Marco Belinelli, G, SAS – With Danny Green (fractured hand) expected to miss four weeks, someone needs to cover his 22 minutes per game. We know that Gregg Popovich won't be significantly upping Manu Ginobili's minutes in response to a regular-season injury, which leaves us with Belinelli, who is averaging 31 minutes and 13.5 points in two outings since Green went down. It certainly doesn't hurt that the Italian sharpshooter has been playing his best basketball of the season recently, and added playing time should lead to three-pointers galore. Belinelli has hit 1.7 threes per contest this season, while shooting 50 percent from beyond the arc. In the month of January, he's improved those numbers to 2.1 and 57.7 percent, respectively.
Alec Burks, G, UTA – Heading into Friday's contest against the Pistons, Burks is averaging 23.3 points on 54.2 percent shooting in his last three games. Gordon Hayward's (hip) absence has clearly had a major impact on the recent spike in Burks' production, but Burks has still made an excellent case for an increased role upon Hayward's return. Jazz coach Ty Corbin confirmed as much Wednesday, when he said that he eventually wants Burks to grow into a "34-plus minute guy."
Deron Williams, G, BKN – Williams (ankles) missed Thursday's game in London but is officially considered a game-time decision Monday against the Knicks. Upon his return, Shaun Livingston's value will likely fall back to what it had been for most of the season, despite the fact that Livingston has thus far helped the Nets to a 6-1 record in Williams' absence. Alan Anderson also figures to see fewer minutes once Williams is healthy, even though coach Jason Kidd has recently been using a small starting lineup with Livingston, Anderson, Joe Johnson, and Paul Pierce.
Marc Gasol, C, MEM – Gasol returned to action Tuesday, after being sidelined for more than six weeks due to a sprained MCL. Unfortunately, he doesn't look sharp thus far, averaging just six points and 4.5 rebounds over 19 minutes in two games. In all likelihood, he's just shaking off the rust and will be back to his usual ways within a week or two. However, for the time being, it may make sense to leave Gasol on the bench for a few more days, if owners have other steady options. Once he's back to handling his full complement of minutes, there will be less to go around for Kosta Koufos, Ed Davis, and possibly James Johnson.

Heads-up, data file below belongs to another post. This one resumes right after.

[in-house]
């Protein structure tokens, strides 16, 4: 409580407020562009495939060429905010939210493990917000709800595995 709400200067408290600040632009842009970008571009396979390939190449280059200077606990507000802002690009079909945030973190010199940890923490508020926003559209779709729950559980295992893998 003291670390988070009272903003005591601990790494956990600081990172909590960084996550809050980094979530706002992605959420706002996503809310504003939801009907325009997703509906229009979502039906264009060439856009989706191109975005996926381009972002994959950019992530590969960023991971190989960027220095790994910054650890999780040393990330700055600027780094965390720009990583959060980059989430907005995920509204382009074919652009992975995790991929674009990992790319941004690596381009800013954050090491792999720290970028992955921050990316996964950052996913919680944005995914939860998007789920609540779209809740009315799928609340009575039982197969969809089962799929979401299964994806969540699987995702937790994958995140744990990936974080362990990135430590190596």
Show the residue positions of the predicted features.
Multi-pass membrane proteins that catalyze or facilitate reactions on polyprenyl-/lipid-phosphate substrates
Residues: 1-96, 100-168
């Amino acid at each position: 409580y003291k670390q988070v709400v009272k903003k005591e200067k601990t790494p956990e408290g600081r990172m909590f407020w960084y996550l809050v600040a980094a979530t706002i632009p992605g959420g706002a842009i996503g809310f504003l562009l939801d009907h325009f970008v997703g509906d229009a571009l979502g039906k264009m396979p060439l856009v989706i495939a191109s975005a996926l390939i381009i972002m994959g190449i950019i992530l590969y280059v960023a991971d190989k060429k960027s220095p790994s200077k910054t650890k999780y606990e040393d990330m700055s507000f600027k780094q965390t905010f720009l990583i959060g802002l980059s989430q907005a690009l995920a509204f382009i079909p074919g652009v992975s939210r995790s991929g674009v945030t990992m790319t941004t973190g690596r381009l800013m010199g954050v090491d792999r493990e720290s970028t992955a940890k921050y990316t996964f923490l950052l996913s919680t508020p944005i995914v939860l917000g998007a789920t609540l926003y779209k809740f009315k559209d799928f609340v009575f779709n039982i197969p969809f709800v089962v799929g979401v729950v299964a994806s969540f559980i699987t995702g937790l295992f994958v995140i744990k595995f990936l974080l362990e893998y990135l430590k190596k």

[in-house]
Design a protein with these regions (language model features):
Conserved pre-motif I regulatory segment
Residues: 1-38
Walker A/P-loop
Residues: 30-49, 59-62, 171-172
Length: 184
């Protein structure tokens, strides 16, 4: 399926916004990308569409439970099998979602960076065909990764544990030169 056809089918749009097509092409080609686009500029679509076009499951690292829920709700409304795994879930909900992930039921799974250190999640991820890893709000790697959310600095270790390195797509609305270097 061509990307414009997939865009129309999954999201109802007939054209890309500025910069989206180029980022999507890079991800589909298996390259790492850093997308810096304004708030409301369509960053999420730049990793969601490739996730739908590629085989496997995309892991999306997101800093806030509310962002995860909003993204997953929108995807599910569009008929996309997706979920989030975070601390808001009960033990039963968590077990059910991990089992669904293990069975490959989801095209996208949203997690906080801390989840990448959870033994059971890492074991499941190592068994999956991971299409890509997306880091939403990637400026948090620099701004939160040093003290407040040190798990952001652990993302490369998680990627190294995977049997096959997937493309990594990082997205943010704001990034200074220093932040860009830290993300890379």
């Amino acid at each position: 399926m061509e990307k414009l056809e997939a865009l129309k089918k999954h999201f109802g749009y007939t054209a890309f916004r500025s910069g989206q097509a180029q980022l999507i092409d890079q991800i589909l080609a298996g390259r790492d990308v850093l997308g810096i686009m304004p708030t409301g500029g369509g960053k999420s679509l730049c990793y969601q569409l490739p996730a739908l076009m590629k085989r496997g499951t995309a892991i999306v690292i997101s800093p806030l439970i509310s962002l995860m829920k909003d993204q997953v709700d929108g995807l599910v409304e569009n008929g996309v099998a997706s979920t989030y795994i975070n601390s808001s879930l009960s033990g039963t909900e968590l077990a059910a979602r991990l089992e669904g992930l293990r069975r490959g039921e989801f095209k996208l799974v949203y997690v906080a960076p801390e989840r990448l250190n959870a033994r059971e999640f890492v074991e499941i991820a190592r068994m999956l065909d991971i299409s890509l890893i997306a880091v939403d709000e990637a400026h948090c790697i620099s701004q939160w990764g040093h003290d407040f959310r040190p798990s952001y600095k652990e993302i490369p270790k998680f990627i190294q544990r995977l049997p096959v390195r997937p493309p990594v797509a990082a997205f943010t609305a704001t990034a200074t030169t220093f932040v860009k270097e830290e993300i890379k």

Nikola Vucevic, C, ORL – Vucevic is still battling concussion symptoms, and his return remains uncertain. In his absence, Orlando has been starting Tobias Harris at power forward and Glen Davis at center. The development has been useful for their owners, but the Magic hasn't won since Dec. 29. Meanwhile, backup big men Kyle O'Quinn, Andrew Nicholson, and Jason Maxiell have all been pretty bad. Vucevic's return, whenever it happens, will likely push either Harris or Davis back to the bench, giving the Magic some semblance of frontcourt depth.
Rajon Rondo, G, BOS – Just a reminder that Rondo is expected to return from a torn ACL for Friday's game against the Lakers. He'll be on a limit of 18-to-20 minutes but should benefit from kicking things off versus one of the worst teams in the league. Assuming no setbacks, Rondo should approach a full workload before the All-Star break in mid-February. He's obviously still a very valuable commodity but will have to adjust to life on a lousy team for the first time since his rookie season in 2006-07. His return could provide a small boost to other Celtics, as Rondo's distribution skills vastly surpass those of nearly every player in the league, including the departed Jordan Crawford, who was traded to Golden State on Wednesday.